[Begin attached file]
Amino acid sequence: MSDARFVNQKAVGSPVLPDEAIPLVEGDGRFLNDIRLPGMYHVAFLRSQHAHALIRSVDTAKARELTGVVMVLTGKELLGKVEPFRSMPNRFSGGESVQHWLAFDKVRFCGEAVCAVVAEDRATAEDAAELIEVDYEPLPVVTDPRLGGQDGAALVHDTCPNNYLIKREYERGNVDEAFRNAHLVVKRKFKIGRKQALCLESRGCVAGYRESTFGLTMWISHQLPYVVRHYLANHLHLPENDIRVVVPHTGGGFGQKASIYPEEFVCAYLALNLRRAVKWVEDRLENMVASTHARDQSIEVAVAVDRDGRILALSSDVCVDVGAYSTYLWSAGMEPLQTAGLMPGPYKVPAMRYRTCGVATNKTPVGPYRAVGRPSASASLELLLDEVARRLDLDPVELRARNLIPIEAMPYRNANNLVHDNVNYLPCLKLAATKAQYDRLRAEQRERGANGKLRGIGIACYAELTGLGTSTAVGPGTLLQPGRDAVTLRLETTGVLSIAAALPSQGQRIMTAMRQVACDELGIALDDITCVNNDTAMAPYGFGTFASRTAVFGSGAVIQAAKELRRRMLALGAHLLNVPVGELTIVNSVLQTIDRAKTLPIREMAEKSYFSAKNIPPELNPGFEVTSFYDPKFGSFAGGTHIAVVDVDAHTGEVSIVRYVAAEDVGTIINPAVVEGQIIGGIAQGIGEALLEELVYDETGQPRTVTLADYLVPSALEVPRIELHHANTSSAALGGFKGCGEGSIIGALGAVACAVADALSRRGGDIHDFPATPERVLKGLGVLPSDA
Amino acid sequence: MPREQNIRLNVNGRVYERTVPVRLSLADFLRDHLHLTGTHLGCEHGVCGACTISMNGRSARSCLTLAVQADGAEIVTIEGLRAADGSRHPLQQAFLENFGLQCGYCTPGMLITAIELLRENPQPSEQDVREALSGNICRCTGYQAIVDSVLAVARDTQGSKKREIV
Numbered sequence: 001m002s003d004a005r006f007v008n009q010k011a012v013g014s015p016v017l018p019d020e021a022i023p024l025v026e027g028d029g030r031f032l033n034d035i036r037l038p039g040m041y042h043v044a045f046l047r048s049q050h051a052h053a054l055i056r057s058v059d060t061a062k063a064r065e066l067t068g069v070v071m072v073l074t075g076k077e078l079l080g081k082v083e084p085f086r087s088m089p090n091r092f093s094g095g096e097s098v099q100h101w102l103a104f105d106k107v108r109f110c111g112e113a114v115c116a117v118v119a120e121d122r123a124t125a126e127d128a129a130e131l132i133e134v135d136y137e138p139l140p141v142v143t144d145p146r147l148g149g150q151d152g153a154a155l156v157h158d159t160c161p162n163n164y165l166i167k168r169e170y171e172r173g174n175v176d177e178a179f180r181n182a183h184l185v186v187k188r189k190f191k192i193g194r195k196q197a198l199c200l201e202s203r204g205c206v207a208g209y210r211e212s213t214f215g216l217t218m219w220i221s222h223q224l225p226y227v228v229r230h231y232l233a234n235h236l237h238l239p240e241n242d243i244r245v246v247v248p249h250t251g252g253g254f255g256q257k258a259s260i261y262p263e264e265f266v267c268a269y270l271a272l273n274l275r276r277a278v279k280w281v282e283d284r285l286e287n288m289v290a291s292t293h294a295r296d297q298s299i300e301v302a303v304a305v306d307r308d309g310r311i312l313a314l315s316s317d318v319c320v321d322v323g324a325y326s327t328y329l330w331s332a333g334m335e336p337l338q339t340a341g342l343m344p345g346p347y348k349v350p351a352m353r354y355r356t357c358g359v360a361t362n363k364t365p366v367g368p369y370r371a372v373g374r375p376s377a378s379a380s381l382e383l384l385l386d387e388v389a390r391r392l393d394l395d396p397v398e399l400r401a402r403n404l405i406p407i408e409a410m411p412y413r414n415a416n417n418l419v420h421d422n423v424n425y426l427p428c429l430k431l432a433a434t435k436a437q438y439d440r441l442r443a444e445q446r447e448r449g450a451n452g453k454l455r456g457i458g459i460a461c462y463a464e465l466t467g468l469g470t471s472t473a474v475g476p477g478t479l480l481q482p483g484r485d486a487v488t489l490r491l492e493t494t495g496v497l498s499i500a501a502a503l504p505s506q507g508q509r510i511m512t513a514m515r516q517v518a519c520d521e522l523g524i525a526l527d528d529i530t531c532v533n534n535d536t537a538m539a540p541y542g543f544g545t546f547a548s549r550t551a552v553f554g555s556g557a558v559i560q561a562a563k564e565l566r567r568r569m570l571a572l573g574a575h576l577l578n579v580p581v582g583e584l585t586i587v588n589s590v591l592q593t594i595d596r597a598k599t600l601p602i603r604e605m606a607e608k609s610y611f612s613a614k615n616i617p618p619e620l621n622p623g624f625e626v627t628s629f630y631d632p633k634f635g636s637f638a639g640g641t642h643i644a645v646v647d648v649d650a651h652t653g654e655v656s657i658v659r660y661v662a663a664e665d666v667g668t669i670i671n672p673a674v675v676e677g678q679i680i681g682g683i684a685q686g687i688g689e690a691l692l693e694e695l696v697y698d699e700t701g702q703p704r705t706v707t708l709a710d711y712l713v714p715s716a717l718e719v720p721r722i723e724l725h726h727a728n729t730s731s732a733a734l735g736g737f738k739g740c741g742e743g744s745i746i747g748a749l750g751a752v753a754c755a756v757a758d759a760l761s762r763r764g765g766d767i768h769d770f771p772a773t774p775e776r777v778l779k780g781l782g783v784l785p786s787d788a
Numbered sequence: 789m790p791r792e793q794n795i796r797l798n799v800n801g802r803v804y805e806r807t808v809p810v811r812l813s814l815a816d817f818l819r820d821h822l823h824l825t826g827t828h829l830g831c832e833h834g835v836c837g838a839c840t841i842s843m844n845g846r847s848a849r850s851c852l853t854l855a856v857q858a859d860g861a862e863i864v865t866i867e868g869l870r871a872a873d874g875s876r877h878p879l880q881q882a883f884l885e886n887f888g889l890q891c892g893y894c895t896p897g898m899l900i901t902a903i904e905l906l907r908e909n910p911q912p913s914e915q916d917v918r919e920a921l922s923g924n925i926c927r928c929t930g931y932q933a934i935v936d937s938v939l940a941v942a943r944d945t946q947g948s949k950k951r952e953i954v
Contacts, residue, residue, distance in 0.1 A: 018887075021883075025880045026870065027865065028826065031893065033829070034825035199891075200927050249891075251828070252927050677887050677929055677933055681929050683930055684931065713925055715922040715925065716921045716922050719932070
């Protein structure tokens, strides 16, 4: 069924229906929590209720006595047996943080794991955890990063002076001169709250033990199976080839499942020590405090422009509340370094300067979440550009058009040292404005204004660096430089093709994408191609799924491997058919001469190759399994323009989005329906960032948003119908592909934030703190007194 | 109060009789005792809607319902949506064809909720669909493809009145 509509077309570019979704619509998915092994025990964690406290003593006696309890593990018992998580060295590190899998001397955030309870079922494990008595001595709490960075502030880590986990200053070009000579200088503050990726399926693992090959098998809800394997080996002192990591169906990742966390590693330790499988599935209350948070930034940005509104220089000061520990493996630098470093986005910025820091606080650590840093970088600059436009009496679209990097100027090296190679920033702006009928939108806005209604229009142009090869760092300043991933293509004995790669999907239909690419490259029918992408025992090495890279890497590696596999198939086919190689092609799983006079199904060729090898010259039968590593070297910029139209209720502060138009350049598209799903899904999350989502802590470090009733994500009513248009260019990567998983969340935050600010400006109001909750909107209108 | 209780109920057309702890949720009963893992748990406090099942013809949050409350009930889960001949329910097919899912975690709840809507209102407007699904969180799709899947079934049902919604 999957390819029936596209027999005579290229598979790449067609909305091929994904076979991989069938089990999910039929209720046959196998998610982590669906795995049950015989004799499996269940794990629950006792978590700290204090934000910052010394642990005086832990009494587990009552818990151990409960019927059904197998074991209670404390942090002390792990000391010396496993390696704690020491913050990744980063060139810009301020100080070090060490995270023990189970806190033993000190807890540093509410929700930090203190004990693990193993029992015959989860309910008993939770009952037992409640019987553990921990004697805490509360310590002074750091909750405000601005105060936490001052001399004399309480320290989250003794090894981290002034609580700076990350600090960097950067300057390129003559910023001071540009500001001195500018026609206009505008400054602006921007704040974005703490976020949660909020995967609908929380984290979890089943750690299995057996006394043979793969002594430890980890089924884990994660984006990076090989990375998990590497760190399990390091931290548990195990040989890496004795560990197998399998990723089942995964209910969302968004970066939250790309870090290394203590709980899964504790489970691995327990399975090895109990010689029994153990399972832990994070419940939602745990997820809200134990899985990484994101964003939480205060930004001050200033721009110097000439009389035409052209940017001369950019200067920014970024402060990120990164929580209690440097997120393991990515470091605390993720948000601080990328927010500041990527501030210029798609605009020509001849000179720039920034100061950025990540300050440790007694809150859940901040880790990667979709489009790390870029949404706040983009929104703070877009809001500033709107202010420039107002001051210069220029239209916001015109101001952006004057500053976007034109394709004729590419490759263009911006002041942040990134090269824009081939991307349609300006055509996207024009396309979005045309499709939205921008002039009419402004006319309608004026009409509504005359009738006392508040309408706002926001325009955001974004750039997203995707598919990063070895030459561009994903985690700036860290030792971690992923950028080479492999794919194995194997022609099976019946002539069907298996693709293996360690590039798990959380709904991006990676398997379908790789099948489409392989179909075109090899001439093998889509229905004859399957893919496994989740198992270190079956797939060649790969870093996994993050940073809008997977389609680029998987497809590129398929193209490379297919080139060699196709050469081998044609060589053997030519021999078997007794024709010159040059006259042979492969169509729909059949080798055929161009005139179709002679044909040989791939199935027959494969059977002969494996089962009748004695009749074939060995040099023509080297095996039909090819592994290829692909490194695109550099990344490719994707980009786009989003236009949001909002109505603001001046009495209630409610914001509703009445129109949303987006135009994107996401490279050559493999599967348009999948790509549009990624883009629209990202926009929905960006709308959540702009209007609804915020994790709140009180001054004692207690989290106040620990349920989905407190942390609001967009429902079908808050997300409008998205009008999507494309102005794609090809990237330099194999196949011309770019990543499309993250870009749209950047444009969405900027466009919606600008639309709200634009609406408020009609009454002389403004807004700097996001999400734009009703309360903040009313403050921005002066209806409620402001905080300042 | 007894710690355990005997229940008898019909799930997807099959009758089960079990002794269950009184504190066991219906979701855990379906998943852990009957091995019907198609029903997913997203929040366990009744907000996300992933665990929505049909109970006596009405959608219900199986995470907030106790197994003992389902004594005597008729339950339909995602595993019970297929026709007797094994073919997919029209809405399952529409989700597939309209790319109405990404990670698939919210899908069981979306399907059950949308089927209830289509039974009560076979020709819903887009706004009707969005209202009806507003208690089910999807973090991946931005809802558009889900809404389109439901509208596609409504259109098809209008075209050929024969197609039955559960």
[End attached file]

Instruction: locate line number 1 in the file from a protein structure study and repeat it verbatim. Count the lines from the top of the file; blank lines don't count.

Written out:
Amino acid sequence: MSDARFVNQKAVGSPVLPDEAIPLVEGDGRFLNDIRLPGMYHVAFLRSQHAHALIRSVDTAKARELTGVVMVLTGKELLGKVEPFRSMPNRFSGGESVQHWLAFDKVRFCGEAVCAVVAEDRATAEDAAELIEVDYEPLPVVTDPRLGGQDGAALVHDTCPNNYLIKREYERGNVDEAFRNAHLVVKRKFKIGRKQALCLESRGCVAGYRESTFGLTMWISHQLPYVVRHYLANHLHLPENDIRVVVPHTGGGFGQKASIYPEEFVCAYLALNLRRAVKWVEDRLENMVASTHARDQSIEVAVAVDRDGRILALSSDVCVDVGAYSTYLWSAGMEPLQTAGLMPGPYKVPAMRYRTCGVATNKTPVGPYRAVGRPSASASLELLLDEVARRLDLDPVELRARNLIPIEAMPYRNANNLVHDNVNYLPCLKLAATKAQYDRLRAEQRERGANGKLRGIGIACYAELTGLGTSTAVGPGTLLQPGRDAVTLRLETTGVLSIAAALPSQGQRIMTAMRQVACDELGIALDDITCVNNDTAMAPYGFGTFASRTAVFGSGAVIQAAKELRRRMLALGAHLLNVPVGELTIVNSVLQTIDRAKTLPIREMAEKSYFSAKNIPPELNPGFEVTSFYDPKFGSFAGGTHIAVVDVDAHTGEVSIVRYVAAEDVGTIINPAVVEGQIIGGIAQGIGEALLEELVYDETGQPRTVTLADYLVPSALEVPRIELHHANTSSAALGGFKGCGEGSIIGALGAVACAVADALSRRGGDIHDFPATPERVLKGLGVLPSDA